Also in the Chitsabha are images of Ratnasabhapati (Nataraja of Ruby), the 'Spatika Lingam' of Chandramauleeswara, Swarnakarshana Bhairavar, Mukhalingam, etc.
Kanaka Sabha Or The Golden Hall
The Golden Hall, or Kanaka Sabha is immediately in front of the Chit Sabha, both being on an elevated platform as mentioned before, with silver panelled doors in front. The Chit Sabha itself is a meter or so higher than the Kanaka Sabha and is reached by a flight of 5 silver plated steps, marking the five 'Aksharas' (syllables) of the "Panchakshara Mantram" (the five syllabled NamaShivaya).
Nritta Sabha Or The Hall Of Dance
Across from the Nataraja shrine in the second Prakaram is the Nritta Sabha or the hall of dance with some fine pillars, housing an image of Shiva in the 'Urdhva Tandava' posture, winning over Kali in a dance duel, and an image of Sarabheswara, another form of Shiva. The Nritta Sabha with fine pillars is in the form of a chariot drawn by horses.
Deva Sabha Or The House Of Gods
The Deva Sabha or the house of Gods is also in the second Prakaram, housing festival images of the Pancha Murtis (Somaskandar, Parvati, Vinayaka, Subramanya and Chandikeshwara) and other deities. Mulanathar, or the representation of Shiva as a Lingam is housed in the second Prakaram.
The Outermost Prakaram
The outermost Prakaram is home to the grand Shivakami Amman temple, the Shivaganga tank and the 1000-pillared hall or the Raja Sabha, where Nataraja is brought during two annual festivals.
The 1,000-pillared hall (ayiram-kal- mandapam) of Raja Sabha, measuring 103m long and 58m wide witnessed the victory celebrations of the Chola and Pandya kings. It is a great place for meditation
The sacred water of the Shivaganga Tank, thronged by bathing pilgrims, has healing powers and has cured a king's leprosy.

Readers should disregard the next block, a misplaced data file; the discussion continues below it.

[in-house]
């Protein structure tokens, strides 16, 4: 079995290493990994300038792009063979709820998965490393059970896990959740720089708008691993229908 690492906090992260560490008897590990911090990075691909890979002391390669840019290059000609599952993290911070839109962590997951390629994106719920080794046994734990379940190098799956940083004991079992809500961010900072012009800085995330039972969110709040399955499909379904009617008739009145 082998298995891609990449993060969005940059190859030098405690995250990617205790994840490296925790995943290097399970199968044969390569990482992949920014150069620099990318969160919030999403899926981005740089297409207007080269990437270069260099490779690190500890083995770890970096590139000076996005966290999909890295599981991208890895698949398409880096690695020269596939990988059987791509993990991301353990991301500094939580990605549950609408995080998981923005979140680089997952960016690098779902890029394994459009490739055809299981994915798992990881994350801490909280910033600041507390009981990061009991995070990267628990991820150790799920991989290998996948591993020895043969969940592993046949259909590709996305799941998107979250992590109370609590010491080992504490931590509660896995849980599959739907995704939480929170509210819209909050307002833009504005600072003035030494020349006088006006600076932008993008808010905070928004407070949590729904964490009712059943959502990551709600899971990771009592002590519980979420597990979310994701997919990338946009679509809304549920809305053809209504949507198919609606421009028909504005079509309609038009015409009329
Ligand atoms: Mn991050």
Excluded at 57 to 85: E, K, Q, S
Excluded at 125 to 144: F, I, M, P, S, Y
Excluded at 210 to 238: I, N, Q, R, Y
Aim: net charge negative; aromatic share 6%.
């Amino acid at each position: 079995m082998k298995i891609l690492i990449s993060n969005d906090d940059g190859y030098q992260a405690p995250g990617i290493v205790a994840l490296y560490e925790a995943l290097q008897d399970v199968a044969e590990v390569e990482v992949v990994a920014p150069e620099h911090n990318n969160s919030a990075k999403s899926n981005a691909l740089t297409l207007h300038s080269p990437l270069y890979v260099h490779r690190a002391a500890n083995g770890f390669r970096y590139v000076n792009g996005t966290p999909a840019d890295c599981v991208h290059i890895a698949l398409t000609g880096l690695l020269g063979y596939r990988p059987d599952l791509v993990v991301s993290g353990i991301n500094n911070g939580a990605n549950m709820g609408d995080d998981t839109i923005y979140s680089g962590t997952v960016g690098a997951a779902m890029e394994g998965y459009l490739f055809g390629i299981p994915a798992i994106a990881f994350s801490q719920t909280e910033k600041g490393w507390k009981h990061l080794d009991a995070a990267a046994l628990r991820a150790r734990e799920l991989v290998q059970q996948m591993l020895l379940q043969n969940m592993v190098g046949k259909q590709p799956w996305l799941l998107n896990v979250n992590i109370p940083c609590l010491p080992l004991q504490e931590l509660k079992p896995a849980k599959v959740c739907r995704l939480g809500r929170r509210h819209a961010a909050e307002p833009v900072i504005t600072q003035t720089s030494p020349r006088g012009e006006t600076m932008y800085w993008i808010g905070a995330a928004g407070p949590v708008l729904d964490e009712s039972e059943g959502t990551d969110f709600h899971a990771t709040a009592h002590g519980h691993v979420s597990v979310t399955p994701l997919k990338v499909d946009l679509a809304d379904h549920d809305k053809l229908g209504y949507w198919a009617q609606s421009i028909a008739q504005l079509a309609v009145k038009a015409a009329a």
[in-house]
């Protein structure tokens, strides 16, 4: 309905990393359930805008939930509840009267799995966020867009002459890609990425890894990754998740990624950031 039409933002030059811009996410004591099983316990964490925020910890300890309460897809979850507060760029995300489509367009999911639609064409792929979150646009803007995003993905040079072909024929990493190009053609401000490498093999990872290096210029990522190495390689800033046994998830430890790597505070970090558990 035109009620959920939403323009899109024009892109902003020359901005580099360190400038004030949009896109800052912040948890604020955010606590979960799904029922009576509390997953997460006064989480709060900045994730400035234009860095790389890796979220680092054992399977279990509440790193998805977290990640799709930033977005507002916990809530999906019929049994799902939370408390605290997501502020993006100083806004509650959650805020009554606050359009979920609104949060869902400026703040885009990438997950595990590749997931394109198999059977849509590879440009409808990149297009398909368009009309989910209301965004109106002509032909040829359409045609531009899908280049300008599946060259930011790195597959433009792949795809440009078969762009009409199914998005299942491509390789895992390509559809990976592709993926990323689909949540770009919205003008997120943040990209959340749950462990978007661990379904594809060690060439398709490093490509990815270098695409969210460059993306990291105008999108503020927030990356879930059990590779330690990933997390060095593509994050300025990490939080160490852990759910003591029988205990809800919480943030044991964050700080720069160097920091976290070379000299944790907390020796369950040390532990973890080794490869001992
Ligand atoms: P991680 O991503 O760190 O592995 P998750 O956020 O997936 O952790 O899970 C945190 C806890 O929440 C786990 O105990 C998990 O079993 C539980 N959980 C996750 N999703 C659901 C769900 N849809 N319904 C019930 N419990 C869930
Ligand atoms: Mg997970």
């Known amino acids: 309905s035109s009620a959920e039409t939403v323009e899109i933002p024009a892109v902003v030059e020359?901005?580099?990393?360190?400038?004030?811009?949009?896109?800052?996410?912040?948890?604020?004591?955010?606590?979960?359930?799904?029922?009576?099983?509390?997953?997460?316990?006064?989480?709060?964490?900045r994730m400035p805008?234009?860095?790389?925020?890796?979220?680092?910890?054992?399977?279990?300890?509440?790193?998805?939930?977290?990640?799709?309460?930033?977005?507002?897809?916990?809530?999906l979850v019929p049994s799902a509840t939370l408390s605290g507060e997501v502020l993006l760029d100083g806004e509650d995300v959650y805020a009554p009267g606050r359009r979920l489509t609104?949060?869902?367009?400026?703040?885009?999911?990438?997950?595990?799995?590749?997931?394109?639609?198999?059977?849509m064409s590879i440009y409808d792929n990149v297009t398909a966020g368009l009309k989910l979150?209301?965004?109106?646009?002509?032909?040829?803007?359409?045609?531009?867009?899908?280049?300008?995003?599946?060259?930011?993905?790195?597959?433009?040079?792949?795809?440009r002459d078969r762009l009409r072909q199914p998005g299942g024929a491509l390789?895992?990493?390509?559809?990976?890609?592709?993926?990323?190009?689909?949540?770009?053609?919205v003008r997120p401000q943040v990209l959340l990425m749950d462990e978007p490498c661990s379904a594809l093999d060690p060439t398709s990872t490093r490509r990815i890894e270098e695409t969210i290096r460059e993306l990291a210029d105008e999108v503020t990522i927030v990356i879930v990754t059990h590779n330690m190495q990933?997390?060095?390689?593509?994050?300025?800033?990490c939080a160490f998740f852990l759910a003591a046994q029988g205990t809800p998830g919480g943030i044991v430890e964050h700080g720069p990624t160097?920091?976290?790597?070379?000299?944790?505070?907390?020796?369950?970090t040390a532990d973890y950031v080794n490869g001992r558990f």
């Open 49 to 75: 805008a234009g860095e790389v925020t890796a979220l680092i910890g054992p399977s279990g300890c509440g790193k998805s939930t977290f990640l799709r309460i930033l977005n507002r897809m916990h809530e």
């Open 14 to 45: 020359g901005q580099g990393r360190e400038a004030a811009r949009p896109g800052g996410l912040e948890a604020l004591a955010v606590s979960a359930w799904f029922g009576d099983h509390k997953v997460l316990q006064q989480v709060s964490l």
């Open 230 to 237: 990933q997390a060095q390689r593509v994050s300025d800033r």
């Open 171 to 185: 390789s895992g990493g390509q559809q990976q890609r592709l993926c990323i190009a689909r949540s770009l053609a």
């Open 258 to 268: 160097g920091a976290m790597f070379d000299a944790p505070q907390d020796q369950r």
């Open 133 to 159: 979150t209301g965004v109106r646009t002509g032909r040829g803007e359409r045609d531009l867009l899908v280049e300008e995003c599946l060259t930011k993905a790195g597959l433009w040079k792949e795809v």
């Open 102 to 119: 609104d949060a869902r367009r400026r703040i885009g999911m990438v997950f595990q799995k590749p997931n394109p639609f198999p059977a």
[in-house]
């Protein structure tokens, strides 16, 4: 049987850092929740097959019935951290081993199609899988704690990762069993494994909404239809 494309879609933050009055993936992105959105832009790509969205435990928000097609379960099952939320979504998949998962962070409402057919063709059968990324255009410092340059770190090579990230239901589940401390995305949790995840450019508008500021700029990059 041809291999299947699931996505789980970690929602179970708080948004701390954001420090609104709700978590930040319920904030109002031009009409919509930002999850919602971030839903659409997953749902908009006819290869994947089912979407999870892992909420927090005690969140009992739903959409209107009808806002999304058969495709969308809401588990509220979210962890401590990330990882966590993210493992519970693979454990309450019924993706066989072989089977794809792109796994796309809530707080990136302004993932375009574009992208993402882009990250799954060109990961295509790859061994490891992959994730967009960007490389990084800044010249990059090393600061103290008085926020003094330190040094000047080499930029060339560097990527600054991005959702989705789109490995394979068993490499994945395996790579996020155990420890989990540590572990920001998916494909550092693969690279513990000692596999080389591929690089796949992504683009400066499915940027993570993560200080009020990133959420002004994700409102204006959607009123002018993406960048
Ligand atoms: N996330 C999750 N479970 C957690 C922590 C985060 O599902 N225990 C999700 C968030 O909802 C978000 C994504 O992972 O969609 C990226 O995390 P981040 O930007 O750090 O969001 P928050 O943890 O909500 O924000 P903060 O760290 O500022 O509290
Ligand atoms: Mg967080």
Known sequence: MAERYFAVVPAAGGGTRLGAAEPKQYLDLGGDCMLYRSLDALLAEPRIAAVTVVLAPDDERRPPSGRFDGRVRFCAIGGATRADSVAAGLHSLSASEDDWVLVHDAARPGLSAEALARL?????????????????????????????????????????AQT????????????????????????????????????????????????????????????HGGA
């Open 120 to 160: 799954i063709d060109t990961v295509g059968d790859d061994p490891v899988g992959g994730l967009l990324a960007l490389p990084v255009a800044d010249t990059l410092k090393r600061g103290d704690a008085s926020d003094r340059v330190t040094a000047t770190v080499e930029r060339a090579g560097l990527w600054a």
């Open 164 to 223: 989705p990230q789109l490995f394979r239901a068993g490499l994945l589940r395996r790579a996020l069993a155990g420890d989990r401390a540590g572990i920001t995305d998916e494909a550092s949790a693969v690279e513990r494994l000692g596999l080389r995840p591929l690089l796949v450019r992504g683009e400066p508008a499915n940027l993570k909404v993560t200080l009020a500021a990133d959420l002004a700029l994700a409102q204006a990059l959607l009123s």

Shivakami Ammam Shrine
The vast Shivakami Amman shrine is a temple in its own right. Ceilings on the Mukhamandapam of this temple have paintings from the Nayaka period. There are friezes of dancers, drummers and musicians all along the enclosing walls of this temple. The thousand-pillared hall has witnessed several grand events in history. This hall is also designed in the form of a chariot. Its entrance features two elephants, and on the basement there is a frieze of dancing figures.
The 1000 pillared hall, also in the outermost Prakaram is also of artistic value, as is the shrine of Subramanya, which dates back to the Pandya period. The Subramanya shrine is also in the form of a chariot, and is referred to as the 'Pandya Nayakam'.
The Towers In The Temple
Perhaps the most magnificent structures in the temple are the four lofty Gopurams or towers in the four cardinal directions, piercing the walls of the outermost Prakaram. Each is a gigantic masterpiece in itself - about 250 feet in height, with seven tiers. The Western tower is the oldest one. In the towers, on either side of the gateways there are representations of the 108 poses of the classical Bharatanatyam Tradition as enunciated in the Classic Natya Shastra.
The towers are embellished with images from Hindu mythology. From the second tier onward, on each of the Gopuram, are seen images of various manifestations of Shiva such as "Bhikshatana", "Kankala" (both being ascetic forms), "Kalyanasundara", "Somaskanda", etc. (bestowers of prosperity). There are no representations of Nataraja on the temple towers, as this image is reserved for the innermost shrine alone.
Services Offered To The Lord
Six worship services are offered in this temple each day at the shrine of Nataraja - the last of which is the "ArdhaJaama Puja" (the most special one), where the padukas (footwear) of Nataraja are ceremoniously taken to the "Palliarai" (night chamber) of Shiva and Parvati after elaborate rituals. It is believed that the entire pantheon of divine figures in the Hindu system of beliefs is present during this occasion.